The renovation of Amon G. Carter Stadium, scheduled to begin when the football season ends in November, will represent a rare accomplishment in college athletics.
Athletic Director Chris Del Conte said TCU’s stadium would be the first in the country to be renovated or built using money that was raised before the project began.
With the stadium funding already completed, revenue from ticket and suite sales to go straight to the bank. Del Conte said all the added features, such as a club level and luxury suites, were a necessity in building a stadium in this generation.
“When they built stadiums years ago it was just for seating for a spectator,” Del Conte said. “Now they want all the amenities that go along with that and it’s indicative of things that you’re being sold.”
The new version of Amon G. Carter Stadium will have a seating capacity of 40,000, smaller than the 44,008 fans it holds today. The University of North Texas started construction on a new stadium of its own last year because of seating issues at its old one.
UNT’s stadium, Fouts Field, was built in 1951 for a capacity of 20,000 fans. Much of UNT’s drainage system runs under the stadium, and since it was constructed using codes from nearly 60 years ago, it would have been a difficult renovation project.
“There was really no way to bring it into a new age and so we…felt like for us to be committed to Division I football, to be able to recruit for the Division I level, that we needed a place where we could attract the very best student-athletes and create a great place for our fans,” UNT Athletic Director Rick Villarreal said.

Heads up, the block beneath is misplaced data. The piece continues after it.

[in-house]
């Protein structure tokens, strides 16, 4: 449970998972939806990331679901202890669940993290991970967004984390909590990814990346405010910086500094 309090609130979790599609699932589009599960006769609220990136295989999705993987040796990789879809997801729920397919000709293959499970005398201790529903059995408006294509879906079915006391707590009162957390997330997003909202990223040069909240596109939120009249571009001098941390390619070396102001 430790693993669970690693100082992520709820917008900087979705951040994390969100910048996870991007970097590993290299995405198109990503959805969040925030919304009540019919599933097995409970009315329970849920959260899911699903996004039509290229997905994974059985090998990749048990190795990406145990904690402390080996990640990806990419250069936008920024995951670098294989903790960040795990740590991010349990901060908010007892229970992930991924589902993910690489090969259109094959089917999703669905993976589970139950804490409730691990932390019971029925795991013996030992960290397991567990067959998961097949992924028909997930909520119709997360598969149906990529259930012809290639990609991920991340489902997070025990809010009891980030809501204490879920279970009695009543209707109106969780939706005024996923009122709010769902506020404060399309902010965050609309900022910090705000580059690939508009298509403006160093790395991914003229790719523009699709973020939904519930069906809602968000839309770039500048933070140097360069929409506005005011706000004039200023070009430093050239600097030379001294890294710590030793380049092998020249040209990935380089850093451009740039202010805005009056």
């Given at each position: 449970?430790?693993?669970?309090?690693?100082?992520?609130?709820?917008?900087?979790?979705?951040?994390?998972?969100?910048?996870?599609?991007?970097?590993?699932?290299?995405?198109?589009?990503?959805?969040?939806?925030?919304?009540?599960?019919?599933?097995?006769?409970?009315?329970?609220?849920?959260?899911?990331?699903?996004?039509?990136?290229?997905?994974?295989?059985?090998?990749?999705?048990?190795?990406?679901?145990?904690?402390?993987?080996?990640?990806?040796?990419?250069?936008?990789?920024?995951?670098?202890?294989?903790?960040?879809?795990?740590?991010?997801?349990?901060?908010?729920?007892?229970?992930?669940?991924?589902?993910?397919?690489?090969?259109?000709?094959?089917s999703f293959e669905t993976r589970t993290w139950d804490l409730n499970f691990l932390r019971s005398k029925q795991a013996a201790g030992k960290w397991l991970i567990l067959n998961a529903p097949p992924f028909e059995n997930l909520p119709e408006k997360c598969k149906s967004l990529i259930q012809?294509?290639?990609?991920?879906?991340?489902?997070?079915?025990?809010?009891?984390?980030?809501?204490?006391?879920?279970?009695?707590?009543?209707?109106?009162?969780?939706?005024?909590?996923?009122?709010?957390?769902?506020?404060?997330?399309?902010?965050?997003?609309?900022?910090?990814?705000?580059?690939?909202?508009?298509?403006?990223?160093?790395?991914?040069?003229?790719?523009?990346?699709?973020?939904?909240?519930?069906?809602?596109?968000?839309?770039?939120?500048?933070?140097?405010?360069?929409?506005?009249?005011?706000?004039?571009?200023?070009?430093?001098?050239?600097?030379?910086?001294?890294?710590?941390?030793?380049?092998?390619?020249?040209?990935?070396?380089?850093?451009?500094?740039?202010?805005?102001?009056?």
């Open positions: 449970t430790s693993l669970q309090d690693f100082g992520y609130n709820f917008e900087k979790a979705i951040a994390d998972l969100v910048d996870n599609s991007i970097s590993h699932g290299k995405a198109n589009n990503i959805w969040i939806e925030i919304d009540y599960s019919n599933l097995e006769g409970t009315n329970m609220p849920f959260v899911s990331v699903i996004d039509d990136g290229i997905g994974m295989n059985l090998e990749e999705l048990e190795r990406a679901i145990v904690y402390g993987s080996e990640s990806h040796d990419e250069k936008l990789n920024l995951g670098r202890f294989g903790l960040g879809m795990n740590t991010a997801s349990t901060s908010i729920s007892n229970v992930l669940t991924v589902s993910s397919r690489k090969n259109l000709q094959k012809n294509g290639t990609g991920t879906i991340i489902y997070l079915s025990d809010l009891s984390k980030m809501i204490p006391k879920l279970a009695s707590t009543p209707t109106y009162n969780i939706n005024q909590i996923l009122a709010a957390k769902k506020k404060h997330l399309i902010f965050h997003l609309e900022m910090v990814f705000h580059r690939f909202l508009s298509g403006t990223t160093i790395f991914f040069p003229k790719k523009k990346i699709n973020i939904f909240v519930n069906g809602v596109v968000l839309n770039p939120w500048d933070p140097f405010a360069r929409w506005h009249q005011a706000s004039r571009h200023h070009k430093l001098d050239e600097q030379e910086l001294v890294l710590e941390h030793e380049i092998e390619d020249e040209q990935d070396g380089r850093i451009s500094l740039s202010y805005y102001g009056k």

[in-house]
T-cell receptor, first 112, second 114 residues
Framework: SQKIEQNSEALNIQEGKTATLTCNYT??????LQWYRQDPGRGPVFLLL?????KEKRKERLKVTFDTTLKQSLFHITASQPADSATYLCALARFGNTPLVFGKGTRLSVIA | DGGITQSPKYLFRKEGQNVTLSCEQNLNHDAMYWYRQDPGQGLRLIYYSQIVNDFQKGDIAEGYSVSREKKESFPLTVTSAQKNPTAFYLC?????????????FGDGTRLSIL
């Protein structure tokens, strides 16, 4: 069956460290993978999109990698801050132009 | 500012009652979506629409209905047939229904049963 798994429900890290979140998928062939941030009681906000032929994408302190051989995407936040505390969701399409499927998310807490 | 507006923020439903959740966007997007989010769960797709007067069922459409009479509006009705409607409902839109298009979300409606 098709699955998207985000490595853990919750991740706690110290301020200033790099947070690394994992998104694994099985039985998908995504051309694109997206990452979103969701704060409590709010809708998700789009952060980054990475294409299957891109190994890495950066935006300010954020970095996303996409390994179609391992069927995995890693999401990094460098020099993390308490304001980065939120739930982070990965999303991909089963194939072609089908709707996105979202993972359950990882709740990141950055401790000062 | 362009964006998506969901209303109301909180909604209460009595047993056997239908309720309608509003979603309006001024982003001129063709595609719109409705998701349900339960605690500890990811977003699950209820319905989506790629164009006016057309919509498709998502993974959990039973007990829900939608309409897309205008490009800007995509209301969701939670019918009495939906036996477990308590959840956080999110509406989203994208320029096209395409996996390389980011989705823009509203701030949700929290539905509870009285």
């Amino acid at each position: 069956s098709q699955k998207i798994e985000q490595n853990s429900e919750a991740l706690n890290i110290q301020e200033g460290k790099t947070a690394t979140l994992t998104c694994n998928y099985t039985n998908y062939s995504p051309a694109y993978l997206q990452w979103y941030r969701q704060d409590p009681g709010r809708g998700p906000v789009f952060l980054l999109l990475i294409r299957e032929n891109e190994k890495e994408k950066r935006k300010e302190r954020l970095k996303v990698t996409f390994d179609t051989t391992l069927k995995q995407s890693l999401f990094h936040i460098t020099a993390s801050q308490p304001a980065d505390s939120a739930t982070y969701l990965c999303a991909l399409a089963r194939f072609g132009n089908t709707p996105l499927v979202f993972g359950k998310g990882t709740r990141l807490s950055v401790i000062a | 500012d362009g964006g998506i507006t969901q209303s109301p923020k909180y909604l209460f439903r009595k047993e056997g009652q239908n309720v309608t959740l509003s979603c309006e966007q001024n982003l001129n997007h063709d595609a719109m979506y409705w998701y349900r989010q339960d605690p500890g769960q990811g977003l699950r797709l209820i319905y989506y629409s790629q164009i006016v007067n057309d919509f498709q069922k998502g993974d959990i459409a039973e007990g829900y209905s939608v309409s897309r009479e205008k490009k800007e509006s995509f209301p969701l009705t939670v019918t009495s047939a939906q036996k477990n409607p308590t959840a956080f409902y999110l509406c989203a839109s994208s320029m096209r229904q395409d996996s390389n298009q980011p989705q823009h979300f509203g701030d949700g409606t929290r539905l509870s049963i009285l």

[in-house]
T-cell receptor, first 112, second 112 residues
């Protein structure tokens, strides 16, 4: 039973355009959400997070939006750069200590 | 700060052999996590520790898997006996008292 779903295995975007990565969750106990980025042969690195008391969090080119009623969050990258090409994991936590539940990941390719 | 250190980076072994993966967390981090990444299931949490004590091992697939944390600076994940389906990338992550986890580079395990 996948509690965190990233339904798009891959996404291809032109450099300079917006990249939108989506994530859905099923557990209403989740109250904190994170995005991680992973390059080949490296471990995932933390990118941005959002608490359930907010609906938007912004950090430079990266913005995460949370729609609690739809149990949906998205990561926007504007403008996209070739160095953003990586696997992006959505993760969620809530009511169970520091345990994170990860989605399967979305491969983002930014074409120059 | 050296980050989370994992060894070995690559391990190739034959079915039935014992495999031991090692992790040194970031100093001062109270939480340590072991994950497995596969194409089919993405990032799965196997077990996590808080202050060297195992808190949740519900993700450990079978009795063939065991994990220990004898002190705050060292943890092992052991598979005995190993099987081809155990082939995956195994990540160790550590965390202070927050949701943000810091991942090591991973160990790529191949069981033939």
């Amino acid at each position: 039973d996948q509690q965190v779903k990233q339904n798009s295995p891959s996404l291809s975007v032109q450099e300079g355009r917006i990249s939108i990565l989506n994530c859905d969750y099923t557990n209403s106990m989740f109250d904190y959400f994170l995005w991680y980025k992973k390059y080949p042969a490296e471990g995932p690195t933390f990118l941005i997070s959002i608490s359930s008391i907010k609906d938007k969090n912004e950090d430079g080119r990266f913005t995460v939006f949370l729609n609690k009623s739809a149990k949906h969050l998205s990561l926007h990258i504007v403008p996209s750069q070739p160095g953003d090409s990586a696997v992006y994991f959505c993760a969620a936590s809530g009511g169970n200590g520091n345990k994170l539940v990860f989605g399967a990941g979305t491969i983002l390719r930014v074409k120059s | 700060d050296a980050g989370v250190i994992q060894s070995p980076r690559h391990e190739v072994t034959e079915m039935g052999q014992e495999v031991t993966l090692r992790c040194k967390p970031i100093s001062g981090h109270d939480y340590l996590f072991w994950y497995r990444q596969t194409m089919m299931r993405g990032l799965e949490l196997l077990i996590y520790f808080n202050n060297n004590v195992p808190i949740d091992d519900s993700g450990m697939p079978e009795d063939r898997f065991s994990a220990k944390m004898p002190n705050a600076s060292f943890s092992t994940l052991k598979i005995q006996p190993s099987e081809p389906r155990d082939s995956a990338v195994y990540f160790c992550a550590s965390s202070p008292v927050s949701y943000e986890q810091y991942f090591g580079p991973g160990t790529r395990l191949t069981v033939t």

The new stadium at UNT, which is being built and will open for the 2011 season, would become a positive thing for not only the university, but for the city of Denton as well, Villarreal said. It will bring more revenue to the city because of the nights people will spend in hotels and the food they will buy at the grocery stores for their tailgate parties.
The stadium’s capacity is expected to be 30,000, about the same as Fouts Field’s current capacity.
“I think for the community it’s a place like we’ve never had,” Villarreal said. “It gives us the ability to bring in concerts and additional high school games to our area.”
Although concerts and other big events have not been mentioned as possibilities for the renovated Amon G. Carter Stadium, the stadium at TCU will have one thing in common with Dallas-Fort Worth’s newest professional stadium: Cowboys Stadium. Both were designed by HKS Sports and Entertainment Group.
The HKS renovation plans call for elevators and escalators, a new seating bowl, a new press box, upgraded restrooms and better concession stands.
“We have an unbelievable product right now at TCU, but our stadium is not indicative of our product,” Del Conte said. “(But) our infrastructure is not enough to
handle the capacity we have.”
By putting $105 million from 34 donors into the renovation project, Del Conte said there is a not only an advantage visually and for the fans, but for the football team as well.
“If you continue to reinvest in your program you make it that much stronger and you have a compounding effect when you can sustain success for a long, long time,” he said. “If you don’t reinvest, you become a one and done.”